Yahoo! Inc. v. Microsoft Corp., No. 13-cv-7237, 2013 U.S. Dist. LEXIS 151175 (S.D.N.Y. Oct. 21, 2013) [click for opinion]
Yahoo and Microsoft entered into an agreement to merge their search capabilities in foreign countries to better compete with Google. Their contract provided for emergency arbitration in certain circumstances. When Yahoo said it would be "pausing" its performance under the contract and would be unable to meet the contractual deadlines, Microsoft filed an emergency arbitration demand with the American Arbitration Association ("AAA").
There was extensive briefing, two days of hearings and testimony of 10 witnesses, including the CEOs of both parties. The emergency arbitrator issued an injunction against Yahoo, ordering it to perform as required under the contract. Yahoo then sued in district court and asked the court to vacate the arbitral award. Microsoft cross-moved to confirm the award.
Yahoo argued that the award should be vacated because the emergency arbitrator awarded Microsoft “final permanent relief” even though the parties’ agreement—and the AAA Emergency Rules—only permit an award of “interim relief.” Yahoo contended that the injunctive relief granted was in effect final because the actions required of Yahoo were irreversible. The court rejected the argument, explaining that the arbitration agreement gave the arbitrator power to grant not only "interim relief" but also "injunctive or emergency relief." This provided a colorable basis (which is all the arbitrator needed) to support the award, even though the award was in essence final.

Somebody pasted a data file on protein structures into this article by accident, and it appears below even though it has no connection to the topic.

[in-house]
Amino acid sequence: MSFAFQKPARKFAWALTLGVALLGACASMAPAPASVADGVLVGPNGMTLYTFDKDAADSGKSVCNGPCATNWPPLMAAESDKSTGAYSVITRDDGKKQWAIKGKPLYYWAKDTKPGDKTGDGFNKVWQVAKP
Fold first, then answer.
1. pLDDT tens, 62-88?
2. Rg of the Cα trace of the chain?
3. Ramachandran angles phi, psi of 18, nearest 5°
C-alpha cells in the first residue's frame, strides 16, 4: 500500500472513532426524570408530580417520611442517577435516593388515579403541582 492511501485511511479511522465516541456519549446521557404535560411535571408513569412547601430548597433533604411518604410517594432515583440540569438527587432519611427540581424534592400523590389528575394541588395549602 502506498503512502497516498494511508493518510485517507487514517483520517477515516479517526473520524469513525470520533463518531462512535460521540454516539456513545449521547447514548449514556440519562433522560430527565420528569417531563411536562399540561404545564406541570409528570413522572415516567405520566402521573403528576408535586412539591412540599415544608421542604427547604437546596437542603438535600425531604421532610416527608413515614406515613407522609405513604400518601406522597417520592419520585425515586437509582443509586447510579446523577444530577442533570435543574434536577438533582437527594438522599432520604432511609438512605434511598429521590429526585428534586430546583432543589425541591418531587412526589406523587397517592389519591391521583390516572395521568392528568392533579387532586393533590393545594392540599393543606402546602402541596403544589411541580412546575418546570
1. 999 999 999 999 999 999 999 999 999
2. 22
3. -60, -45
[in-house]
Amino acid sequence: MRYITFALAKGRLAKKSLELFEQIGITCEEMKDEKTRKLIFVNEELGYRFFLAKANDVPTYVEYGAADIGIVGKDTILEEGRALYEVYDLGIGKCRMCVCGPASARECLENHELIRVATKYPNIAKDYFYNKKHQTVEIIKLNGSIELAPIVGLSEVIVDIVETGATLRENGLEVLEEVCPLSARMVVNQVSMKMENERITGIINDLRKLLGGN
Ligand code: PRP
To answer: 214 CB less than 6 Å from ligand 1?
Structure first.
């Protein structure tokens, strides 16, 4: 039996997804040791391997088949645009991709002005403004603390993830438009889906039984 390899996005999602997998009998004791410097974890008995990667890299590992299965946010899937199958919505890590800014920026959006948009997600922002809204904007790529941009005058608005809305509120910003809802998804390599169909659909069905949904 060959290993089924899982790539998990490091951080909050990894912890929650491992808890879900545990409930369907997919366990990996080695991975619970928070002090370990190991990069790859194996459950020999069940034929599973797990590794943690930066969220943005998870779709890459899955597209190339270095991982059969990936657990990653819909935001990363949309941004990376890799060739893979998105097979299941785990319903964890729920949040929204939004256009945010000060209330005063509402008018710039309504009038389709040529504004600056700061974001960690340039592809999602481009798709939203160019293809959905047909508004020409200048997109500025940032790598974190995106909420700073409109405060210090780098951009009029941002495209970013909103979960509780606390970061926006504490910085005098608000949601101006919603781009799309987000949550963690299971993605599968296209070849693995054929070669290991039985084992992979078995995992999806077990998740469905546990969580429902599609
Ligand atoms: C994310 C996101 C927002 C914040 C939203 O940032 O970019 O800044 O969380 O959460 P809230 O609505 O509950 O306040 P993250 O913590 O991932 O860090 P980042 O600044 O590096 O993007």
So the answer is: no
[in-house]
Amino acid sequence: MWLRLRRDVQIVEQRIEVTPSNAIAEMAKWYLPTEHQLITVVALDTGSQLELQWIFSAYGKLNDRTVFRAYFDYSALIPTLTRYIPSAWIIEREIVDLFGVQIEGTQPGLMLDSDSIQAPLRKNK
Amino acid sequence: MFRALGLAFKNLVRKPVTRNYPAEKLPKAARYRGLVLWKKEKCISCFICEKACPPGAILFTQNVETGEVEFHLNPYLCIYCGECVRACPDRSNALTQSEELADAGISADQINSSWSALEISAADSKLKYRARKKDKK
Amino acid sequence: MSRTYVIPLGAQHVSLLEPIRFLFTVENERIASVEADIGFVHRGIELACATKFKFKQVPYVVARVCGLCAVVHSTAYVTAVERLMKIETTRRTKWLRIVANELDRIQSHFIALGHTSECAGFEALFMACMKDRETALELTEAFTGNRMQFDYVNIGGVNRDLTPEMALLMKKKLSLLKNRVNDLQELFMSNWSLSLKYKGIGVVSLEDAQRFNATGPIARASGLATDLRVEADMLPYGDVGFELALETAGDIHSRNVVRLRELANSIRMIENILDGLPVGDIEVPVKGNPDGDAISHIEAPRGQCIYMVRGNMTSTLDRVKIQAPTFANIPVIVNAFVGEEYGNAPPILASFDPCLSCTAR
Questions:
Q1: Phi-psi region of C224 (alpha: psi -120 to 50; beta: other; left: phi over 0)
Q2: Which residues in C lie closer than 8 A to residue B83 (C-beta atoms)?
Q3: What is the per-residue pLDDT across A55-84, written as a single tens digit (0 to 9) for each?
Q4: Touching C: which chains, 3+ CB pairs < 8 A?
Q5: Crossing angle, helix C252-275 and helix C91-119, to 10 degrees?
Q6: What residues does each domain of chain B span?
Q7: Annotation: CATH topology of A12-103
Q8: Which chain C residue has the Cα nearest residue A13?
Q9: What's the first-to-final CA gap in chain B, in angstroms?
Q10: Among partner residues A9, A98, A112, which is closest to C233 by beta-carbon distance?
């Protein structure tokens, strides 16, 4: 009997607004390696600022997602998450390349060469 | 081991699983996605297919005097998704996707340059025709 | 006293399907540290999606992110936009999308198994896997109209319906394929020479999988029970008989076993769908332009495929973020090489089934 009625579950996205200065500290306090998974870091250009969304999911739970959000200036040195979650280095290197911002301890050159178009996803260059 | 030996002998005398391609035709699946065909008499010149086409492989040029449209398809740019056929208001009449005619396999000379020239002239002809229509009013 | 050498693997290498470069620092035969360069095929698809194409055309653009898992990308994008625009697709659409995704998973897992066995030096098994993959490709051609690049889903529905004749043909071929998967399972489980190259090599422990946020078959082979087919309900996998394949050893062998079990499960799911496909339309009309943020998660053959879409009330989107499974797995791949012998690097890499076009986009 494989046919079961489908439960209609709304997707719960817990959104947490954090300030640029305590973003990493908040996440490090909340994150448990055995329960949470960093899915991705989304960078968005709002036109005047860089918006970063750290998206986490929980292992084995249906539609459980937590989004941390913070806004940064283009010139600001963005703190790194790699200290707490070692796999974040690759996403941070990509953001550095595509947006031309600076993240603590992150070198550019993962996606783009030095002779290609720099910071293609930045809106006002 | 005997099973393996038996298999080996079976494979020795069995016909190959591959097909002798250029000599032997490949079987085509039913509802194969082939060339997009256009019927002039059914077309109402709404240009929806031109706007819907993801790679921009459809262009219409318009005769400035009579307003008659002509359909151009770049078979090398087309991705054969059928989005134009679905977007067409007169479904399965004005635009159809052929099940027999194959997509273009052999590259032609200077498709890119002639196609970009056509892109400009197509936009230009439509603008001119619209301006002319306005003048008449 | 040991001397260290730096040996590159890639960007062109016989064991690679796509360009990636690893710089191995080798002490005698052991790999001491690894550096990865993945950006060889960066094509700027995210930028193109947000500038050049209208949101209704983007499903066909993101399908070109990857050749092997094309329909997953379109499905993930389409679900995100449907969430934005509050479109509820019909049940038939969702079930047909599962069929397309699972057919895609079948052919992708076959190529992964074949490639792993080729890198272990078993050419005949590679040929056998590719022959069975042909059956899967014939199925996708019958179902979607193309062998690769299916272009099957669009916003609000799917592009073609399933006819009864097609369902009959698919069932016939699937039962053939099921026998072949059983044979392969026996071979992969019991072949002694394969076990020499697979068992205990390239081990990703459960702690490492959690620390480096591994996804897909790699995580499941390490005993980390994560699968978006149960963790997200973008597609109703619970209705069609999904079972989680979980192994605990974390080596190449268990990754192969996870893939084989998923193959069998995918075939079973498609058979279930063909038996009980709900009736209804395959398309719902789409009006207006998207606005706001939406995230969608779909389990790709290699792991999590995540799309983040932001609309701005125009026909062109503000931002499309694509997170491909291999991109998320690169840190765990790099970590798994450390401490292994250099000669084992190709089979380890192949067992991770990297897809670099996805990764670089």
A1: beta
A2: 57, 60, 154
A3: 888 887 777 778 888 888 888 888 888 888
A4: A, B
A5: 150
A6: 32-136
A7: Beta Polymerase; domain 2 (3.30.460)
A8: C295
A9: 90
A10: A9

Yahoo also argued that the arbitrator exceeded his authority by failing to find the existence of an emergency that would trigger his emergency authority. According to Yahoo, the delay was like other delays in the ordinary course of contract performance and, thus, there was no emergency. The court disagreed, deferring—as the court must under existing case-law—to the arbitrator's findings of both an emergency and a risk of immediate irreparable harm.
Finally, the court rejected Yahoo's argument that the arbitrator manifestly disregarded the law. Yahoo could point to no clear rule of law the arbitrator ignored or refused to apply. To the contrary, the court found (citing specific passages in the arbitration award) that the arbitrator had considered and applied the law applicable to granting an injunction.
With respect to Microsoft's cross-motion to confirm the award, Yahoo argued that the award should not be confirmed because it was only an interim award. But the court had already found (earlier in its opinion) that the equitable relief the arbitrator awarded was final. If “an arbitral award of equitable relief based upon a finding of irreparable harm is to have any meaning at all," the court stated, "the parties must be capable of enforcing or vacating it at the time it is made.” The court therefore granted the motion to confirm.